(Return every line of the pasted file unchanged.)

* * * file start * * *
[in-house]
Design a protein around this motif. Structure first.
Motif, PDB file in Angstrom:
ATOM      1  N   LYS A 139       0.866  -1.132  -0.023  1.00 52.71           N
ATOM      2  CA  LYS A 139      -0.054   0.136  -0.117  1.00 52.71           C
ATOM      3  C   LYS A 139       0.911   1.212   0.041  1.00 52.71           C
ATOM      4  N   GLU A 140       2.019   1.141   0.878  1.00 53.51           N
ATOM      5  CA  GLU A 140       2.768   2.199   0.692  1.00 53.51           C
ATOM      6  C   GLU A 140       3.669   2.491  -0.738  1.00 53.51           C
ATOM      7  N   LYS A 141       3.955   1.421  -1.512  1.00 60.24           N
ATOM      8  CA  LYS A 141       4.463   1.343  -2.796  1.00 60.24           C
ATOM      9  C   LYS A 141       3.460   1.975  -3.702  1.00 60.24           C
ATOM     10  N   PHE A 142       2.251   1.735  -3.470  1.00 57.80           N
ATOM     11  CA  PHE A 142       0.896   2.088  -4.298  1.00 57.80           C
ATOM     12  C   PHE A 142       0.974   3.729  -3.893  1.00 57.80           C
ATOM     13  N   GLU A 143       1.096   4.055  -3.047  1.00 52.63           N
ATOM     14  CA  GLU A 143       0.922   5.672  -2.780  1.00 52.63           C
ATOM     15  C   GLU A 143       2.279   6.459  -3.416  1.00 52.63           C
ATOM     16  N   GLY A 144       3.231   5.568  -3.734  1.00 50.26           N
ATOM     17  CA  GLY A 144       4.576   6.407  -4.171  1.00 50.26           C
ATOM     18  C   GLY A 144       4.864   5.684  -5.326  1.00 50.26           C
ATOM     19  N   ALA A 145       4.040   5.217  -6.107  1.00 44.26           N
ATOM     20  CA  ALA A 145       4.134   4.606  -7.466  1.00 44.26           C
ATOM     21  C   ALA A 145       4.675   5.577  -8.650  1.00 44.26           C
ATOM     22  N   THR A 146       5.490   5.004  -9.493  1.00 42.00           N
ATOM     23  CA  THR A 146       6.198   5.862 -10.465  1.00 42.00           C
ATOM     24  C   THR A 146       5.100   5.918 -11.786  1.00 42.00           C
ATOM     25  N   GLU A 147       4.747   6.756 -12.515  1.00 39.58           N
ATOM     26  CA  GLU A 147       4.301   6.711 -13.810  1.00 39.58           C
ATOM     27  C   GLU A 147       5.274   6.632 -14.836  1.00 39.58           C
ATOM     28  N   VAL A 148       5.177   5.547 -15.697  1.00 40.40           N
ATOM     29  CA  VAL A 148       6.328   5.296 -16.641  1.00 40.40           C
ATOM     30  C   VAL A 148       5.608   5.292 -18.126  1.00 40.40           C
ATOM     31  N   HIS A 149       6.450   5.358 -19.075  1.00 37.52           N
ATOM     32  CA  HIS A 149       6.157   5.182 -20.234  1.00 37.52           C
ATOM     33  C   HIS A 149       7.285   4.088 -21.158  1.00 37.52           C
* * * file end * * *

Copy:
[in-house]
Design a protein around this motif. Structure first.
Motif, PDB file in Angstrom:
ATOM      1  N   LYS A 139       0.866  -1.132  -0.023  1.00 52.71           N
ATOM      2  CA  LYS A 139      -0.054   0.136  -0.117  1.00 52.71           C
ATOM      3  C   LYS A 139       0.911   1.212   0.041  1.00 52.71           C
ATOM      4  N   GLU A 140       2.019   1.141   0.878  1.00 53.51           N
ATOM      5  CA  GLU A 140       2.768   2.199   0.692  1.00 53.51           C
ATOM      6  C   GLU A 140       3.669   2.491  -0.738  1.00 53.51           C
ATOM      7  N   LYS A 141       3.955   1.421  -1.512  1.00 60.24           N
ATOM      8  CA  LYS A 141       4.463   1.343  -2.796  1.00 60.24           C
ATOM      9  C   LYS A 141       3.460   1.975  -3.702  1.00 60.24           C
ATOM     10  N   PHE A 142       2.251   1.735  -3.470  1.00 57.80           N
ATOM     11  CA  PHE A 142       0.896   2.088  -4.298  1.00 57.80           C
ATOM     12  C   PHE A 142       0.974   3.729  -3.893  1.00 57.80           C
ATOM     13  N   GLU A 143       1.096   4.055  -3.047  1.00 52.63           N
ATOM     14  CA  GLU A 143       0.922   5.672  -2.780  1.00 52.63           C
ATOM     15  C   GLU A 143       2.279   6.459  -3.416  1.00 52.63           C
ATOM     16  N   GLY A 144       3.231   5.568  -3.734  1.00 50.26           N
ATOM     17  CA  GLY A 144       4.576   6.407  -4.171  1.00 50.26           C
ATOM     18  C   GLY A 144       4.864   5.684  -5.326  1.00 50.26           C
ATOM     19  N   ALA A 145       4.040   5.217  -6.107  1.00 44.26           N
ATOM     20  CA  ALA A 145       4.134   4.606  -7.466  1.00 44.26           C
ATOM     21  C   ALA A 145       4.675   5.577  -8.650  1.00 44.26           C
ATOM     22  N   THR A 146       5.490   5.004  -9.493  1.00 42.00           N
ATOM     23  CA  THR A 146       6.198   5.862 -10.465  1.00 42.00           C
ATOM     24  C   THR A 146       5.100   5.918 -11.786  1.00 42.00           C
ATOM     25  N   GLU A 147       4.747   6.756 -12.515  1.00 39.58           N
ATOM     26  CA  GLU A 147       4.301   6.711 -13.810  1.00 39.58           C
ATOM     27  C   GLU A 147       5.274   6.632 -14.836  1.00 39.58           C
ATOM     28  N   VAL A 148       5.177   5.547 -15.697  1.00 40.40           N
ATOM     29  CA  VAL A 148       6.328   5.296 -16.641  1.00 40.40           C
ATOM     30  C   VAL A 148       5.608   5.292 -18.126  1.00 40.40           C
ATOM     31  N   HIS A 149       6.450   5.358 -19.075  1.00 37.52           N
ATOM     32  CA  HIS A 149       6.157   5.182 -20.234  1.00 37.52           C
ATOM     33  C   HIS A 149       7.285   4.088 -21.158  1.00 37.52           C